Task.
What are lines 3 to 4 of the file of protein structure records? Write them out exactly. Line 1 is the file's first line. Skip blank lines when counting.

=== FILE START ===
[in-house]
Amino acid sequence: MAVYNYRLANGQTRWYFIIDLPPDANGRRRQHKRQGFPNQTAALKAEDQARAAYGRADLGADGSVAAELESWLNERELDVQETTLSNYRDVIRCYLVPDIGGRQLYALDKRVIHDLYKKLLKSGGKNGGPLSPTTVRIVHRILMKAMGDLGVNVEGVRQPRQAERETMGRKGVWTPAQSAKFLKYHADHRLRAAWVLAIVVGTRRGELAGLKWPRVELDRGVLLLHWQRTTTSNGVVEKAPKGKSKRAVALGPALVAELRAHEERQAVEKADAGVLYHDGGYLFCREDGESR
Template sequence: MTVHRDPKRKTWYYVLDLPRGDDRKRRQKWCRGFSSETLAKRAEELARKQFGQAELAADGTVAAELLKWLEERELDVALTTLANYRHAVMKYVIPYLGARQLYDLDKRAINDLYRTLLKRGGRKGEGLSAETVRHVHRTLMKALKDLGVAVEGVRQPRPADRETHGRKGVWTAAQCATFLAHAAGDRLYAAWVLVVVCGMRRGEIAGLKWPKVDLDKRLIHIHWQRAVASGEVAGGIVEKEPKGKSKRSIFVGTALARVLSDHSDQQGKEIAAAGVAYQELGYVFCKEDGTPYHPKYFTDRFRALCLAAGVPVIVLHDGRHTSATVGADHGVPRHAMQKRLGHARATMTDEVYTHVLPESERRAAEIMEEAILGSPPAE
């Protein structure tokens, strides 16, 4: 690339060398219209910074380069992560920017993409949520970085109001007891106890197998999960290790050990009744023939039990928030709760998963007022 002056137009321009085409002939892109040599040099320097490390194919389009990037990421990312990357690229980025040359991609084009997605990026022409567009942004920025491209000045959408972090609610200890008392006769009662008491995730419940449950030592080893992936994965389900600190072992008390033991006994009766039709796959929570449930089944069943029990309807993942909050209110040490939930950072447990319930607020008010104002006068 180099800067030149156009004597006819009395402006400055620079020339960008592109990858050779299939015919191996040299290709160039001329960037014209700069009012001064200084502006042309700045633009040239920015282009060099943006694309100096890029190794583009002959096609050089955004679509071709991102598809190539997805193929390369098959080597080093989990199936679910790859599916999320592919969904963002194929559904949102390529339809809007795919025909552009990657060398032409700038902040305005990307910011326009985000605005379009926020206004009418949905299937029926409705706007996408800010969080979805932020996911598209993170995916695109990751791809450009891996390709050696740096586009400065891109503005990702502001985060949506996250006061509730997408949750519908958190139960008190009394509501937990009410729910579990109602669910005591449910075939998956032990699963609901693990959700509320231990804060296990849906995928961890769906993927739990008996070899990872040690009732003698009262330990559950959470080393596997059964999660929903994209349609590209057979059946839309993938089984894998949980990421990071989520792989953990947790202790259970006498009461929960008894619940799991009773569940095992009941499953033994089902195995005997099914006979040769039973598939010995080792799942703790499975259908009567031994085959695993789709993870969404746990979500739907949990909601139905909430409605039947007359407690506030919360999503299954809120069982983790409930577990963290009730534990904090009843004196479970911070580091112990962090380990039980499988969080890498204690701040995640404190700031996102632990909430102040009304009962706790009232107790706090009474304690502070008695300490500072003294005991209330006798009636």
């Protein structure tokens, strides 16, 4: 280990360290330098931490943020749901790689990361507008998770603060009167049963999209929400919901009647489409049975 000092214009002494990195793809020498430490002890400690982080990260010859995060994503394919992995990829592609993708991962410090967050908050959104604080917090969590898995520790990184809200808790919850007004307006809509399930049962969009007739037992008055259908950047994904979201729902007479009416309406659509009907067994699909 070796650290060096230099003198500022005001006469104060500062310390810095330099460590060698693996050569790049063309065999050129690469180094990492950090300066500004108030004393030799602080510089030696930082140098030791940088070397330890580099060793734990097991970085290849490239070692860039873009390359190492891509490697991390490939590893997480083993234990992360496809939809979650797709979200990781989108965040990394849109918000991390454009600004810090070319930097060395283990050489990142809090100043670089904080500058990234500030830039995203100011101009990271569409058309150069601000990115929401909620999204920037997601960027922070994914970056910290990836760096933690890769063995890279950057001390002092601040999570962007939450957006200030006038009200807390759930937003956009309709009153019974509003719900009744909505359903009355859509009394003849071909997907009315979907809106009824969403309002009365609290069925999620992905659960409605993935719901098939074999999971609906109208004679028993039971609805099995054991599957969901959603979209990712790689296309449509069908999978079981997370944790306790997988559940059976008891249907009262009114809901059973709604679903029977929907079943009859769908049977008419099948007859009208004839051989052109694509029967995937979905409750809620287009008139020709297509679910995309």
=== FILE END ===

Template sequence: MTVHRDPKRKTWYYVLDLPRGDDRKRRQKWCRGFSSETLAKRAEELARKQFGQAELAADGTVAAELLKWLEERELDVALTTLANYRHAVMKYVIPYLGARQLYDLDKRAINDLYRTLLKRGGRKGEGLSAETVRHVHRTLMKALKDLGVAVEGVRQPRPADRETHGRKGVWTAAQCATFLAHAAGDRLYAAWVLVVVCGMRRGEIAGLKWPKVDLDKRLIHIHWQRAVASGEVAGGIVEKEPKGKSKRSIFVGTALARVLSDHSDQQGKEIAAAGVAYQELGYVFCKEDGTPYHPKYFTDRFRALCLAAGVPVIVLHDGRHTSATVGADHGVPRHAMQKRLGHARATMTDEVYTHVLPESERRAAEIMEEAILGSPPAE
């Protein structure tokens, strides 16, 4: 690339060398219209910074380069992560920017993409949520970085109001007891106890197998999960290790050990009744023939039990928030709760998963007022 002056137009321009085409002939892109040599040099320097490390194919389009990037990421990312990357690229980025040359991609084009997605990026022409567009942004920025491209000045959408972090609610200890008392006769009662008491995730419940449950030592080893992936994965389900600190072992008390033991006994009766039709796959929570449930089944069943029990309807993942909050209110040490939930950072447990319930607020008010104002006068 180099800067030149156009004597006819009395402006400055620079020339960008592109990858050779299939015919191996040299290709160039001329960037014209700069009012001064200084502006042309700045633009040239920015282009060099943006694309100096890029190794583009002959096609050089955004679509071709991102598809190539997805193929390369098959080597080093989990199936679910790859599916999320592919969904963002194929559904949102390529339809809007795919025909552009990657060398032409700038902040305005990307910011326009985000605005379009926020206004009418949905299937029926409705706007996408800010969080979805932020996911598209993170995916695109990751791809450009891996390709050696740096586009400065891109503005990702502001985060949506996250006061509730997408949750519908958190139960008190009394509501937990009410729910579990109602669910005591449910075939998956032990699963609901693990959700509320231990804060296990849906995928961890769906993927739990008996070899990872040690009732003698009262330990559950959470080393596997059964999660929903994209349609590209057979059946839309993938089984894998949980990421990071989520792989953990947790202790259970006498009461929960008894619940799991009773569940095992009941499953033994089902195995005997099914006979040769039973598939010995080792799942703790499975259908009567031994085959695993789709993870969404746990979500739907949990909601139905909430409605039947007359407690506030919360999503299954809120069982983790409930577990963290009730534990904090009843004196479970911070580091112990962090380990039980499988969080890498204690701040995640404190700031996102632990909430102040009304009962706790009232107790706090009474304690502070008695300490500072003294005991209330006798009636």